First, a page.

Takeda’s possible $65B takeover of Shire could be the largest deal value in pharma this year. This is the Japanese company’s fifth attempt at merging with Shire, clearly highlighting Takeda’s readiness for this move. Notably, this deal is significantly larger than Takeda’s acquisition of Millennium in 2008 (for $8.8B), Nycomed in 2011 (for $13.7B), and Ariad in 2017 (for $5.2B).

As illustrated in the figure below, the combined Takeda/Shire company could be catapulted to the ninth position in terms of 2017 sales. Size is of course a major driver behind this deal, but there are several other motivations too.

Historically, Shire has been heavily focused on neurology, largely through in-house R&D and successful lifecycle management strategies of major attention deficit hyperactivity disorder (ADHD) brands, which collectively generated 36% of the company’s sales in 2017. Despite its strong position in ADHD, Shire has aimed to diversify its business to a broader therapeutic focus in recent years, seeking bolt-on acquisitions to facilitate entry into specialist markets. Its aggressive mergers and acquisitions (M&A) strategy has resulted in some notable acquisitions, including Transkaryotic Therapies in 2005, Jerini in 2008, NPS Pharma in 2015, and Baxalta in 2016. All of these deals have significantly contributed to Shire’s expansion into rare disease markets. While its neurology portfolio offers size, its rare disease franchise offers future sales growth, and Takeda needs both in order to keep up with foreign competitors.

Currently, Takeda has a small neurology offering, consisting of three brands—Lundbeck’s Trintellix (vortioxetine), Johnson & Johnson’s (J&J’s) Reminyl (galantamine), and Teva’s Copaxone (glatiramer acetate injection)—that were in-licensed from other pharma companies in order to be marketed in its domestic market. Therefore, by acquiring Shire’s strong presence in the ADHD market, including its blockbuster Vyvanse (lisdexamfetamine dimesylate), the new combined company could expand its neurology offering and receive immediate new revenue streams.

Besides enhancing its neurology portfolio and entering the lucrative segment of rare genetic diseases, such as hemophilia, Hunter syndrome, and Fabry disease, Takeda would also inherit Shire’s ophthalmology franchise, representing yet another new therapy for the company. Currently, this franchise consists solely of the dry eye drug Xiidra (lifitegrast ophthalmic solution 5%); however, its pipeline suggests that the company could continue to reap the benefits in the long term, as it is developing SHP-640 in Phase III for infectious conjunctivitis, mecasermin rinfabate in Phase II for retinopathy of prematurity, JSM-6427 in Phase I for age-related macular degeneration, SHP-630 in Phase I for retinitis pigmentosa, and SHP-639 in Phase I for glaucoma.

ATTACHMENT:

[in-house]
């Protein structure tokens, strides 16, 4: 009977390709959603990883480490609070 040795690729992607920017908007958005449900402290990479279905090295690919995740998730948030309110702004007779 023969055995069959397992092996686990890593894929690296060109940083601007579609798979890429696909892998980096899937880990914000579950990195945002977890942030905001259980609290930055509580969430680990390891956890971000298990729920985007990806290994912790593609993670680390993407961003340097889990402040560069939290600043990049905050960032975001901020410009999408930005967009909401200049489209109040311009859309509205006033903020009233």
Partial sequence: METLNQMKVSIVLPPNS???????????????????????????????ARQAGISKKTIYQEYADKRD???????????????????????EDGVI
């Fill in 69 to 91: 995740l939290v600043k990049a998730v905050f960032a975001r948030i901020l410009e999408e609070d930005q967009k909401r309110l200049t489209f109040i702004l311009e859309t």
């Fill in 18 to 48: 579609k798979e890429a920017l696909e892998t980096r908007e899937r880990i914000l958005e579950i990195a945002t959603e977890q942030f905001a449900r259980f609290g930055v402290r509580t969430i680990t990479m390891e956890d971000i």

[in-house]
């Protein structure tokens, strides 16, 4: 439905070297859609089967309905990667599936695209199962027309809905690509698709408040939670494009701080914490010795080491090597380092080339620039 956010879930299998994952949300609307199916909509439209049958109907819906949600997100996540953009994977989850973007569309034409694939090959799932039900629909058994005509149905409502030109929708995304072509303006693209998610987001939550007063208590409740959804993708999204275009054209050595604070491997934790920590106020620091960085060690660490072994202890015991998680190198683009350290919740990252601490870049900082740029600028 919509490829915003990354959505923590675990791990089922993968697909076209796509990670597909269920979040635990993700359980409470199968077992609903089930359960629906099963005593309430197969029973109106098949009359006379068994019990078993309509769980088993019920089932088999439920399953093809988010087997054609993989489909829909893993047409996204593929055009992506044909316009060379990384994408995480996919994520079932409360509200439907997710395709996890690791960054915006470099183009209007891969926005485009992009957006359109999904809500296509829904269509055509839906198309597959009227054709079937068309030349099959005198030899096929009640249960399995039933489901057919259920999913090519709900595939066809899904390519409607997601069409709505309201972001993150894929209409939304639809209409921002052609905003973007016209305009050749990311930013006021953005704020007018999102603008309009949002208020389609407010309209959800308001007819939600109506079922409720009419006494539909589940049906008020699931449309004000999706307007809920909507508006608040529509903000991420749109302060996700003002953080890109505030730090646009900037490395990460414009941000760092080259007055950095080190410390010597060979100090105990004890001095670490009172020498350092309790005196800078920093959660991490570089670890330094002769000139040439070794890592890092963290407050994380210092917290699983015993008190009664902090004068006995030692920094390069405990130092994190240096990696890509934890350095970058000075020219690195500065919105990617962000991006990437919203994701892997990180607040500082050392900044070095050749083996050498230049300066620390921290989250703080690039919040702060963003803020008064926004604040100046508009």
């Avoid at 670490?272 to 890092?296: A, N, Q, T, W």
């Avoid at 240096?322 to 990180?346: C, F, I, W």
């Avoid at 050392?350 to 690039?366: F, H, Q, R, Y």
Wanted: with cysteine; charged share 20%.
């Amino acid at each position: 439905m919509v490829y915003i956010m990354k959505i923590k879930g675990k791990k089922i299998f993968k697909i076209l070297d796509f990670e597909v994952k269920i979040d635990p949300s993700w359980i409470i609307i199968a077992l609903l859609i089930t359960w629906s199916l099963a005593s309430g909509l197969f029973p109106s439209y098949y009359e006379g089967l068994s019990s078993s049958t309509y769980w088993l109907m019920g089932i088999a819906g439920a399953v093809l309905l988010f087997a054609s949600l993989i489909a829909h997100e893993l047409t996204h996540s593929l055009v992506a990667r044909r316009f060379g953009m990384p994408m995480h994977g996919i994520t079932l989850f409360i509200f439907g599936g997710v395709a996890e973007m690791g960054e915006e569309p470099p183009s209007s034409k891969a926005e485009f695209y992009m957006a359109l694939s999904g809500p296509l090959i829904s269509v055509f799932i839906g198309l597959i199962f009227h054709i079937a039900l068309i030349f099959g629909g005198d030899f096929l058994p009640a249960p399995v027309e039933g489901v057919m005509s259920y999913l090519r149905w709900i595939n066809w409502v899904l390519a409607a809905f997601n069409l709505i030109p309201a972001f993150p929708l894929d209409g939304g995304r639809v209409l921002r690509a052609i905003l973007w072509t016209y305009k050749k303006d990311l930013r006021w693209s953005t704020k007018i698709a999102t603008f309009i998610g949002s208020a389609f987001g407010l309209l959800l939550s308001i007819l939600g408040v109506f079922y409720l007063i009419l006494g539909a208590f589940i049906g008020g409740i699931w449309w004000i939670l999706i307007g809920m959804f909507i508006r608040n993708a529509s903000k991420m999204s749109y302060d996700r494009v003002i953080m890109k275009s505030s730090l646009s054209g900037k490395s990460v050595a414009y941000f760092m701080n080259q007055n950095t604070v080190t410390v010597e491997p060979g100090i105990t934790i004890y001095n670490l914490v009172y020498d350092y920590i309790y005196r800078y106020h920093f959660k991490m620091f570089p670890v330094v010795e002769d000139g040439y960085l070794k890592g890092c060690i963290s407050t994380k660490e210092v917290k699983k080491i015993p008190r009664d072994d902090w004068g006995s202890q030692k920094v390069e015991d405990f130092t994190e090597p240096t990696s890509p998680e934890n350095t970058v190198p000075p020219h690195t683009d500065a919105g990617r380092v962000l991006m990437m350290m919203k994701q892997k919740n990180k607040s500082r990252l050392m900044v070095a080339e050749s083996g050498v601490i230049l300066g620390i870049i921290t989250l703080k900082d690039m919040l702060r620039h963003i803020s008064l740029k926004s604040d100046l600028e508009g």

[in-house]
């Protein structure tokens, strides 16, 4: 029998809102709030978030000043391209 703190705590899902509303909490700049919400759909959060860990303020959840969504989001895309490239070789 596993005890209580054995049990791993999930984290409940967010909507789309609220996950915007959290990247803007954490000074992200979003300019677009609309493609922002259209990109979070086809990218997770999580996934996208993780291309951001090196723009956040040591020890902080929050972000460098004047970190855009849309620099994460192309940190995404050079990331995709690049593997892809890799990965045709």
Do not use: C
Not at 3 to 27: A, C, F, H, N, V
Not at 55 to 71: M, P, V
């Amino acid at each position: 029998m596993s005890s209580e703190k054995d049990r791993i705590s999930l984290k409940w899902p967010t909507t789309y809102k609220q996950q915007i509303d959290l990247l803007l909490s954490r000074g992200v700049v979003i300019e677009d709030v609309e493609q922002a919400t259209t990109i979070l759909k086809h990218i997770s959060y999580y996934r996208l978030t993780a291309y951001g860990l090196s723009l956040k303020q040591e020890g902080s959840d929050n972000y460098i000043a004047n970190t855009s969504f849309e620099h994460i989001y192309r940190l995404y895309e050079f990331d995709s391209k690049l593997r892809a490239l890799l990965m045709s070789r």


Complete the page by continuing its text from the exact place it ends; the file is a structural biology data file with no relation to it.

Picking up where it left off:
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On paper, this takeover looks like a sound strategy for Takeda, a Japan-based company that has always aimed for a strong global position. However, this does not mean that nothing could possibly get in the way of this deal. According to UK takeover rules, the deadline for Shire to accept Takeda’s deal is May 8, unless a rival big pharma company makes another offer for the company, which would add another layer of complexity to the situation. There are also concerns that Takeda may not be able to afford this purchase, as it has only $4.3B in cash at hand, and the deal could over-stretch its finances. If and when the Shire deal goes ahead, Takeda will have to ensure the successful and rapid integration of Shire in a process that hopefully will not hamper Shire’s R&D innovation.

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